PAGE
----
The Web of Sites: Creating Effective Web Archiving Appraisal and Collection Development Policies

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A presentation on archiving the Smithsonian's hundreds of websites, blogs, apps, and social media accounts.

A presentation on archiving the Smithsonian's hundreds of websites, blogs, apps, and social media accounts.

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  • By this definition, any official web presence maintained by Smithsonian units is considered a record and subject to appraisal by the Archives.
  • The Smithsonian also has two directives governing its web presence that give the Archives specific responsibilities.
  • An organization’s web presence may be larger than you realize.
  • Not to mention iTunes,Pinterest, UStream, FourSquare, Instagram, Tumblr, Google+, Wikis, Vine, Vimeo, and many others.That’s a lot of data to be captured, preserved, and stored over the long haul. We need to make sure we’re not capturing more than is necessary.
  • There are also technical and legal issues affecting appraisal.
  • We’ve found that one policy doesn’t fit every situation and we’ve developed general polices for different types of web presences.
  • Annually is our goal, but we’re still working up to that frequency.
  • On the left is my favorite example of original content. On April 30, 2012, the National Zoo live-tweeted from the artificial insemination of our giant panda.On the right is an excerpt from the Smithsonian Magazine’s Twitter feed. It simply tweets teasers and links to its blog posts and other web content. The account has immediate marketing value, but not long-term significance.

Transcript

  • 1. The Web of Sites: Creating Effective Web Archiving Appraisal and Collection Development Policies Jennifer Wright Archives and Information Management Team Leader SAA 2013 Session 408
  • 2. The Mission of Smithsonian Archives  Appraise, acquire, and preserve the records of the Smithsonian Institution  Offer a range of research and reference services  Establish policy and provide expert guidance on record keeping practices  Create and promote products and services that broaden understanding of the Smithsonian
  • 3. Websites as Records  Smithsonian’s official definition of a record: “any official recorded information, regardless of medium or characteristics, created, received, and maintained by a Smithsonian museum, office, or employee”
  • 4. Smithsonian Directive 950 Management of the Smithsonian Web  Sets policies and procedures to ensure the integrity of content, reliability of infrastructure, and usability of websites while protecting privacy of visitors and Smithsonian’s reputation  Requires Archives to provide dispositions for unit websites, web applications, and online exhibits  Requires Archives to maintain historical snapshots of Smithsonian websites and related content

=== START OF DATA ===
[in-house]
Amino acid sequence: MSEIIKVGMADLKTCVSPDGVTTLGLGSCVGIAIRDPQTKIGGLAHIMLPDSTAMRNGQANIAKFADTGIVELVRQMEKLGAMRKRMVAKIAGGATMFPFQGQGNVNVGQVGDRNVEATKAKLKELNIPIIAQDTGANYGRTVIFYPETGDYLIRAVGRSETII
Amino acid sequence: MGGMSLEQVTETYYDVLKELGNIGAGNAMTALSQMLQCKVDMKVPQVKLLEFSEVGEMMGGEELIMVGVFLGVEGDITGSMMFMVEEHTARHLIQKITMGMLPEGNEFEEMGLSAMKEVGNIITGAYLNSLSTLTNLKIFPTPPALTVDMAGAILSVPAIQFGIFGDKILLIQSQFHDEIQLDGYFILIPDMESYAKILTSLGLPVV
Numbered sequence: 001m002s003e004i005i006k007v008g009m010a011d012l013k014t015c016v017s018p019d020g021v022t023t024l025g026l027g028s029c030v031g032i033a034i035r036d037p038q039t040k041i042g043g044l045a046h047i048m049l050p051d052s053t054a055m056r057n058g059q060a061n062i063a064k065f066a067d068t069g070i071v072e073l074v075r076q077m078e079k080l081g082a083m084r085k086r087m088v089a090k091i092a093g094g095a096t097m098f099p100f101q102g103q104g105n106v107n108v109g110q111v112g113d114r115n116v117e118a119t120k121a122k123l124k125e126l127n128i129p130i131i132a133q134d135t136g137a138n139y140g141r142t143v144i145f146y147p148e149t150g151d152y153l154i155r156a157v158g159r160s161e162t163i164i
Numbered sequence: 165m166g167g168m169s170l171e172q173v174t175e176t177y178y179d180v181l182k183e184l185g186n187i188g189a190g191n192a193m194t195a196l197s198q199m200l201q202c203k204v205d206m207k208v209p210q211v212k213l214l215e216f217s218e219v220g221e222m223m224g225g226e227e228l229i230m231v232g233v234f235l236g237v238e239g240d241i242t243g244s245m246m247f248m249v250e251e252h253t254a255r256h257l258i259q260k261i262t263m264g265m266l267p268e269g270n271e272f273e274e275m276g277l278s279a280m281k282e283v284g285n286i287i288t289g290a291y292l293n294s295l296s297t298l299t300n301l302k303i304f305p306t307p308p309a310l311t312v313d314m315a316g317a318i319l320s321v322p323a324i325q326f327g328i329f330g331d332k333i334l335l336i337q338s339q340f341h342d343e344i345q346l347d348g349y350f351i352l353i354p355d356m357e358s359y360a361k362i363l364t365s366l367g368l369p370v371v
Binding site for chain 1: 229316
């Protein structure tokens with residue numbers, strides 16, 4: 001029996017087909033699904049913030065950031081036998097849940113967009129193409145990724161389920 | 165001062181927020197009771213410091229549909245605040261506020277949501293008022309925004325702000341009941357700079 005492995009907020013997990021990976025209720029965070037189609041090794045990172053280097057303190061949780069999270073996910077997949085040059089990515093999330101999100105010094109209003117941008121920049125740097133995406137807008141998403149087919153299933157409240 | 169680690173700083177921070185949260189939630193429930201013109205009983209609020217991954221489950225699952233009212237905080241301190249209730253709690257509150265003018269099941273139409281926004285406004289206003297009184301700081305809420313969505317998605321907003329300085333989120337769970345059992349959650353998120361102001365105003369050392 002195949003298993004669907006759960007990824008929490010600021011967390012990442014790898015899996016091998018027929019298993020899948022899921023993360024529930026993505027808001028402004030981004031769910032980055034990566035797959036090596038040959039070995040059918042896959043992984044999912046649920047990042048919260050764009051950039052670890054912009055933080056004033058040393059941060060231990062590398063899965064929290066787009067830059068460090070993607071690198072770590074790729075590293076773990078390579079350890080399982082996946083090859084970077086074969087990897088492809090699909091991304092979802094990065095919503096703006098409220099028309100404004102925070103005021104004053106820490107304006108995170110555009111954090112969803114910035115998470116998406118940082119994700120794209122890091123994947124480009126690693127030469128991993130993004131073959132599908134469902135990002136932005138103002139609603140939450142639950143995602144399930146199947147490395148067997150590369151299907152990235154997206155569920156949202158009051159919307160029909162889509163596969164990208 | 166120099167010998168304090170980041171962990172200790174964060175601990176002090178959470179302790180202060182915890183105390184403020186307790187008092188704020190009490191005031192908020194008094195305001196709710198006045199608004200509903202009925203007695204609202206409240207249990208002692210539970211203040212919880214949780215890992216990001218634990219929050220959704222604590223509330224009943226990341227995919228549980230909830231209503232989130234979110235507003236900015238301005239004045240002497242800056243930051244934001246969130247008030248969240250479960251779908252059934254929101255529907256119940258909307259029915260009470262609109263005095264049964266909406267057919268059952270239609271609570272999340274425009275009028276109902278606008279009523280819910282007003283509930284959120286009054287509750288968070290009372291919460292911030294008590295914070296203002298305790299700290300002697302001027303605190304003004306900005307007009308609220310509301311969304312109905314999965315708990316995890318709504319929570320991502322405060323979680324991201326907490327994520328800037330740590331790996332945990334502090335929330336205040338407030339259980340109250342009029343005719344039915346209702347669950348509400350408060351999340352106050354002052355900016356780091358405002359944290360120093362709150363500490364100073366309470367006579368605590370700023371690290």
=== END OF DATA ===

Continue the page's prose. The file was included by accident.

• 5. Smithsonian Directive 814 Social Media Policy  Sets policy for opening and maintaining official Smithsonian social media accounts  Requires that units notify Archives when opening and before closing a social media account  Requires Archives to maintain registry of social media accounts and to archive information contained in the accounts according to current standards and retention policies
  • 6. Why Save?  Websites and social media profiles are Smithsonian’s public face  Similar to a publication  May incorporate many types of materials  May replace other formats
  • 7. Sounds straightforward. How complicated could appraisal possibly be?
  • 8. Smithsonian’s Web Presence  257 websites + 10 mobile websites  89 blogs  26 apps for various platforms  578 social media accounts including:  153 Facebook accounts  105 Twitter accounts  66 Flickr accounts  66 YouTube accounts http://www.si.edu/Connect
  • 9. Why Not Save Everything?  Some content already transferred to Archives in another format  Some content is the responsibility of other units  Some content is collections, not records  Some content serves only as pointers to other Smithsonian and non-Smithsonian content
  • 10. Other Issues Affecting Appraisal  Certain types of files and coding don’t crawl well  Flash, JavaScript, some video  Organization and coding of site may make it impossible to capture everything wanted and exclude everything unwanted  Social media terms of service often do not allow crawling  Users may consider social media interactions to be private
  • 11. One policy doesn’t fit all
  • 12. Our Policies: Public Websites  Permanent records but may exclude:  Detailed collections information  Large sections duplicated in another format  Crawl annually, before and after redesign, and on day of major event
  • 13. Our Policies: Intranets  Individually appraised based upon content  Generally block crawlers – permanent records must be transferred via ftp, server to server transfer, or external drive  Will be restricted as appropriate
  • 14. Our Policies: Social Media Accounts  Will capture most accounts one time to show they existed and how they were used  Will crawl, use export tool, take screenshots, or a combo to best capture account  Will not be made immediately available online to mitigate violations of terms of service
  • 15. Our Policies: Social Media Accounts  Must include or link to Smithsonian’s Terms of Use – no capture otherwise http://www.si.edu/Termsofuse
  • 16. Our Policies: Social Media Accounts  After first capture, account will be appraised annually - significant original content will be captured again
  • 17. Our Policies: Blogs  Permanent records  Crawl annually unless there is no link to Smithsonian’s terms of use
  • 18. Questions? Jennifer Wright Archives and Information Management Team Leader wrightjm@si.edu http://www.siarchives.si.edu/ SAA 2013 Session 408 Original Smithsonian Home Page, launched May 8, 1995